For a city that’s 80% built on swamps and a hell lot of water, New Orleans is making strides staying afloat and luring in travelers from all over the world. The old colonial architecture style of the French Quarter buildings may be one thing, but its early 19th century Greek Revival grandeur and a great food culture are definitely in the top two reasons why you should quickly be booking your travel to the Southern State of Louisiana. Oh, and did I mention jazz?
Surrounded from all sides and directions by water, New Orleans enjoys scenic views to Lake Pontchartrain, with a mix of fresh and salt water from the Gulf, and to Mississippi River that’s been mainly though swamped by industrial use. Nicknamed the “Big Easy,” it’s known for its round-the-clock nightlife, vibrant live-music scene and spicy, singular cuisine reflecting its history as a melting pot of French, African and American cultures.
French District and Uptown
It should come as no surprise that as soon as we land in New Orleans, we’re waiting to be hit by its ever thrilling traditional architecture and the grandoise balconies. Think again! The city resembles a good old fashioned American one with high rises and big complexes around… bar its French Quarter and, oh well, most of the Uptown district. Along we go then to cross list item no.1 off our list and visit the oldest section of the New Orleans city. As we make a turn from Canal into Royal street we are being guided by the charming melodies of the various impromptu acts. Solo artists, groups of young chaps and even families take turns in various points and perform all day long. There are more or less no cars within the French Quarter which makes it even more pleasant.
We quickly discover Bourbon street -it must be the smell of last night’s alcohol- as we make our way to Mr B’s Bistro, one of the oldest restaurants around with a traditional vibe and very tasty food – try their shrimp special, it also comes with a massive paper napkin that they tie around your neck!
Stomach full and somewhat tired after all the wandering around the numerous cute shops, we opt for Cafe du Monde and its praised beignets… much to our dissatisfaction. It turns out it’s quite the tourist trap (also accepting only cash) but nonetheless we get to catch a glimpse of the nearby St Louis Cathedral. The walk along the riverfront is a real treat, especially given the recent development of Woldenberg Park.
Off we go Uptown, catching the traditional streetcar from St Charles Avenue and arriving to Magazine street in style. The wagons come often and all you need is a very cheap daypass to catch as many rides as you wish! Along the way Prytania street catches our attention and we get right off. The beautiful houses surrounding the area are a real treat as this is the real life of the ones paying a premium. Gorgeous houses with cute little gardens, away from the busy downtown. Food (and other entertainment) options don’t come plenty but stopping by Shaya for some Israeli bites turns out to be a real treat!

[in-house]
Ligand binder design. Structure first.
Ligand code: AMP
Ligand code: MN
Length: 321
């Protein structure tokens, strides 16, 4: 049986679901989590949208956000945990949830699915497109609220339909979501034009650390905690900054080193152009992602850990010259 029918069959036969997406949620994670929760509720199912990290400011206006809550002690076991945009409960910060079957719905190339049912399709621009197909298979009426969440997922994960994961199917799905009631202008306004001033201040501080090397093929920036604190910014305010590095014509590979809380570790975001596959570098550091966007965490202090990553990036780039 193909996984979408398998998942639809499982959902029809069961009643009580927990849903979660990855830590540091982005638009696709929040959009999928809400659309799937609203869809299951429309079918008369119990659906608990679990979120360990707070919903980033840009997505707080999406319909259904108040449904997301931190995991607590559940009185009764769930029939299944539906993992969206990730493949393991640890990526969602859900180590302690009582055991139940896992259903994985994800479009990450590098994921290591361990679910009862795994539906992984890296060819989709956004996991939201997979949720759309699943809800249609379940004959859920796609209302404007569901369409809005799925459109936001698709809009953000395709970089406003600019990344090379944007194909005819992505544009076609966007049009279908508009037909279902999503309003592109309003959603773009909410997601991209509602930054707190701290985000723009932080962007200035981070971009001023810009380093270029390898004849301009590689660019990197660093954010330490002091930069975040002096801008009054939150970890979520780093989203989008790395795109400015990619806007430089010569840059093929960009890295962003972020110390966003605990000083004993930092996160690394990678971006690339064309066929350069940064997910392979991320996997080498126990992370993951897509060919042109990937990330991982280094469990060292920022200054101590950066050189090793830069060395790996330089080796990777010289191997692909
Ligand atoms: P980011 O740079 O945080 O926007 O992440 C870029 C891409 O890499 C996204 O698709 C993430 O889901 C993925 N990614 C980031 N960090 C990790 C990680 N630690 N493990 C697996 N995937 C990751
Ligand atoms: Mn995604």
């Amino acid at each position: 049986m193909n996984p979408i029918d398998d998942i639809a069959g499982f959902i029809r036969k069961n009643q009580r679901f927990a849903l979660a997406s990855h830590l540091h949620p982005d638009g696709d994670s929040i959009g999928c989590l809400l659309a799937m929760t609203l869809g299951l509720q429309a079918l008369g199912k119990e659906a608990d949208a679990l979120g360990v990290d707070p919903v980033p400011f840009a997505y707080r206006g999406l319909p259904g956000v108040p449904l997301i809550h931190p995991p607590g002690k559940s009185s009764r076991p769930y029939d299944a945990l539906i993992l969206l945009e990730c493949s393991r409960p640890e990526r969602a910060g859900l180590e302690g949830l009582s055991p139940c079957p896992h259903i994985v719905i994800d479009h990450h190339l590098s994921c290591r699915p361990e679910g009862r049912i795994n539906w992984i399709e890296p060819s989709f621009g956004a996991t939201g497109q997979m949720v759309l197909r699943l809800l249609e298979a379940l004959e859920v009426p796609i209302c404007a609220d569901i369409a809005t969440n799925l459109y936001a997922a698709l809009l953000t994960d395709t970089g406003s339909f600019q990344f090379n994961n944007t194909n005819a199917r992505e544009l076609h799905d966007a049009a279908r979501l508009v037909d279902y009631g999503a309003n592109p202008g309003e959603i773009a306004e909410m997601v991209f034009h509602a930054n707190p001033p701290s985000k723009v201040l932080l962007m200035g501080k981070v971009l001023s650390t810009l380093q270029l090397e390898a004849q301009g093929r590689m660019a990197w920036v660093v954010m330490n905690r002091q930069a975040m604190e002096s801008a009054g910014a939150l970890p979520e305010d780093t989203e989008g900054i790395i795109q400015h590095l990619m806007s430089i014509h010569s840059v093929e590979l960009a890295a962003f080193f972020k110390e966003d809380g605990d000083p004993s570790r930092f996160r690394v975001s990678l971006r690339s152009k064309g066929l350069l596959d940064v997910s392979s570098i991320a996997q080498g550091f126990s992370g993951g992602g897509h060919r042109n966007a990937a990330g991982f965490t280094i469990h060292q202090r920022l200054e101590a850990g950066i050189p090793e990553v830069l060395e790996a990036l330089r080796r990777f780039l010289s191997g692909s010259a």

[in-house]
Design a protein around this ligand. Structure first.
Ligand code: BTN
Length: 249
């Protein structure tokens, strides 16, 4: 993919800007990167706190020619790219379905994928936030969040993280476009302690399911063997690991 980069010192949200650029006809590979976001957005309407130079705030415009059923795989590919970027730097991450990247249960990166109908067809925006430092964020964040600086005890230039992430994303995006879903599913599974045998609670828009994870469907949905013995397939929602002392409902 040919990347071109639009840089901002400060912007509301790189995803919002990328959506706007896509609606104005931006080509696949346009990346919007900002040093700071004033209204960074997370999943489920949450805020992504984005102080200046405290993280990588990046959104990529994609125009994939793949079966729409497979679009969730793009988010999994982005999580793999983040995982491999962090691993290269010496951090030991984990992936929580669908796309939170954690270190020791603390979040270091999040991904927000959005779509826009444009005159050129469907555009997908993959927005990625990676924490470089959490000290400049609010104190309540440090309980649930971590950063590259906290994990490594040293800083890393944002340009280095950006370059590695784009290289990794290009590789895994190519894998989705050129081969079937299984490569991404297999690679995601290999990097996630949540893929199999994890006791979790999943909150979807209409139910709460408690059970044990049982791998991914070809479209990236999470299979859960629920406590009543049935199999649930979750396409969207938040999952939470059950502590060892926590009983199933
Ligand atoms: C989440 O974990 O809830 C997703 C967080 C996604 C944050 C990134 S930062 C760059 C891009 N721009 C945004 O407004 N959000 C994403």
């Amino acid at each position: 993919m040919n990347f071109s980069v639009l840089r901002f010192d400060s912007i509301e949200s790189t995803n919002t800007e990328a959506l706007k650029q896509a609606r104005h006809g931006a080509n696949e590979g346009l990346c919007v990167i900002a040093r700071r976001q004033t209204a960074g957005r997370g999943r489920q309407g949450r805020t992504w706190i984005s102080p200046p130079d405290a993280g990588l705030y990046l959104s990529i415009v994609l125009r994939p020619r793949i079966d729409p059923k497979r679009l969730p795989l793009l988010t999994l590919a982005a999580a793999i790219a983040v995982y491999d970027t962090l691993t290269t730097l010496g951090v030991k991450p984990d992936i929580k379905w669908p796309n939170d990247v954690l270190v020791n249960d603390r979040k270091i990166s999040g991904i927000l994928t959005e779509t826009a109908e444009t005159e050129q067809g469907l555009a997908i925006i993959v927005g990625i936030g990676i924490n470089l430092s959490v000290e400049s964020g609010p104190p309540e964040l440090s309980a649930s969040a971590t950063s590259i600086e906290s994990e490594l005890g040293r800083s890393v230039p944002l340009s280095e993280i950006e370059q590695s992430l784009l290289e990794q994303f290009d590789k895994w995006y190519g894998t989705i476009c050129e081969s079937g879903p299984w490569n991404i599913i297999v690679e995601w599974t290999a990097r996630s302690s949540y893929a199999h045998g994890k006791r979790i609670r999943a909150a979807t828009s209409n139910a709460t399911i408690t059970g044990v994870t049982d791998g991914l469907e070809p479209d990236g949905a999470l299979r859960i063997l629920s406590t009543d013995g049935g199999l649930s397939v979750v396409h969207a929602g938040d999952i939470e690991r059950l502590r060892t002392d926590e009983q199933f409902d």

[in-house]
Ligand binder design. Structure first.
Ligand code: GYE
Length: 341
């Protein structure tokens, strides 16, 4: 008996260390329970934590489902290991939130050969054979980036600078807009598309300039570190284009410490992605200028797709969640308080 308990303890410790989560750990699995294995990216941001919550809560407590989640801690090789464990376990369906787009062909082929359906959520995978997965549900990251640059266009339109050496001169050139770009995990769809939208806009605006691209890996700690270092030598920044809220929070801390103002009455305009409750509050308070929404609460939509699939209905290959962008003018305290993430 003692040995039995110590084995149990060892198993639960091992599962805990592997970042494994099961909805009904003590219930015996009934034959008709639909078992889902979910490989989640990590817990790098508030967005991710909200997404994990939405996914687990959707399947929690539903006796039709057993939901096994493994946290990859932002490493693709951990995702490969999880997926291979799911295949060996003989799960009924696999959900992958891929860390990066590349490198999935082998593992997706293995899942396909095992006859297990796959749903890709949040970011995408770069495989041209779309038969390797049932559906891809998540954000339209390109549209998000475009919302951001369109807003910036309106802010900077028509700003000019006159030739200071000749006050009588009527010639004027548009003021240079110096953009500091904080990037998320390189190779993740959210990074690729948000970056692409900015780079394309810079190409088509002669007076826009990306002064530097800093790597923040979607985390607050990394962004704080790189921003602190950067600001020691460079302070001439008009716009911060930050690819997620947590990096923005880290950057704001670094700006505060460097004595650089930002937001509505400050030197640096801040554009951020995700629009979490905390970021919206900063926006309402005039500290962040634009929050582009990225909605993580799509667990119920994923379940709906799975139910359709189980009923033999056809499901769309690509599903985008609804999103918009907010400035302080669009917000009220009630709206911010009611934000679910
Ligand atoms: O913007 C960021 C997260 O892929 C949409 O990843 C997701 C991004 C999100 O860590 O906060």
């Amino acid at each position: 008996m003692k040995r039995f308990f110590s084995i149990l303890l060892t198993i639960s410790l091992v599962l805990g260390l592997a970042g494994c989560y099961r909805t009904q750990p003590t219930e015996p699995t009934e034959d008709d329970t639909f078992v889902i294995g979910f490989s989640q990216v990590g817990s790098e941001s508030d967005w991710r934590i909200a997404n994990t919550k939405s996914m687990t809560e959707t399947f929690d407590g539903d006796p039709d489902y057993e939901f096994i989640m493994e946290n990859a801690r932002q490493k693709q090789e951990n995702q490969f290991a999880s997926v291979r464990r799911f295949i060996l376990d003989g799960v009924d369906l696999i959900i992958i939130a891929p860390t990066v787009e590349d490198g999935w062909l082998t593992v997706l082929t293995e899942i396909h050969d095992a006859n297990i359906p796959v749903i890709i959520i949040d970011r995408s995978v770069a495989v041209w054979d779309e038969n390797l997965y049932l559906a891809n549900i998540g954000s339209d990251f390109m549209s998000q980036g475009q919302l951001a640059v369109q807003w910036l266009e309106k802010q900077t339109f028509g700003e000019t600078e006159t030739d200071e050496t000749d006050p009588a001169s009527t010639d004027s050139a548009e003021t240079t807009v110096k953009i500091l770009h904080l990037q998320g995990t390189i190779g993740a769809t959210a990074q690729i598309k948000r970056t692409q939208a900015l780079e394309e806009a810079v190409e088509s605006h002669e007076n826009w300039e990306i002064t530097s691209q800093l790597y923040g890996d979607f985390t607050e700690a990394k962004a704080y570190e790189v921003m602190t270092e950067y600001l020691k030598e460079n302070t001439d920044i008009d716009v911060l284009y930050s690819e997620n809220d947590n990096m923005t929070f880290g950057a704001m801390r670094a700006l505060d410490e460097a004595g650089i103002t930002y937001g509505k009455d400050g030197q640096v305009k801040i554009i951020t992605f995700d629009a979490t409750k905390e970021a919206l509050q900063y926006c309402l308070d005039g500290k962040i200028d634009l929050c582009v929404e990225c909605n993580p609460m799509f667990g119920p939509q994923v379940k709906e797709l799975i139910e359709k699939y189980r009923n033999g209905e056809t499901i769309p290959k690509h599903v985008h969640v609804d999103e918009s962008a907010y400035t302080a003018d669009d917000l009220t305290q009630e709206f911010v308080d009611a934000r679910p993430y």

Moving towards to south of the city we discover the up and coming Warehouse District, once full of derelict buildings and old warehouses, that is now being transformed to the next trendy secene in NOLA. Artists, gallery spaces and a handful of restaurants and bars make a long way for a nice stroll during day or night.
Stopping by Cochon Butcher around lunchtime is almost like going to church on a Sunday around here. All the locals (and travelers in the know) get to join the queue for ordering their favourite pork sandwich -we liked pastrami!- in a fast-food joint that dubs as a meat deli too! Nextdoor, Cochon restaurant serves up some authentic Cajun food in case you’re in for a more lengthy meal. Drip Affogato is the next stop as we want to wash down the meat with some fine espresso and a few scoops of affogato (or ice cream) to go with it. Just across the street is Ace Hotel where you can unwind by the bar and enjoy the high-ceiling indoors. After all, they are more or less responsible for transforming a good chunk of this part of town when they launched this establishment back in 2016.
Laura and Oak Alley Plantations
With over 400 plantations in the 1800s across the Mississippi River -that’s the 3rd largest basin in the world that actually starts from Minnesota- from Baton Rouge to New Orleans, there are now remaining only 12 of them. Some have become abandoned or used for film sets and a handful of them are open to the public for tours and visits. You see, these rural houses were actually housing the businesses of all the wealthy residents around NOLA.
On the way there, we learn that in the 1800s, the residents used to stay for 9 months in the plantations starting from October when they’d kick-off the sugar cane season untll December; Oct-Dec was used for growing, cropping and selling sugarcane, whilst the rest of the year the enslaved workers would stay throughout winter to tend to vegetable crops and what have you. Owners would leave the plantations in search of more entertainment at their townhouses in New Orleans. After all, the trip by riverboat from plantation to New Orleans was only about a day long.
On the way back, you run the story of the enslaved colored men, women and children in your mind and you just not get to comprehend what used to take place here even until the very 1970s. Thank God for the Greek architectural ornaments – in porticos, pediments, columns, doorways and lintels – that is making the journey down memory lane a tad more pleasant, giving away some positive sides of the story for a change.
We’ll definitely be coming back to this historic piece of land, even if it’s just for a nice stroll around the lush plantation sites along the MIssissippi River.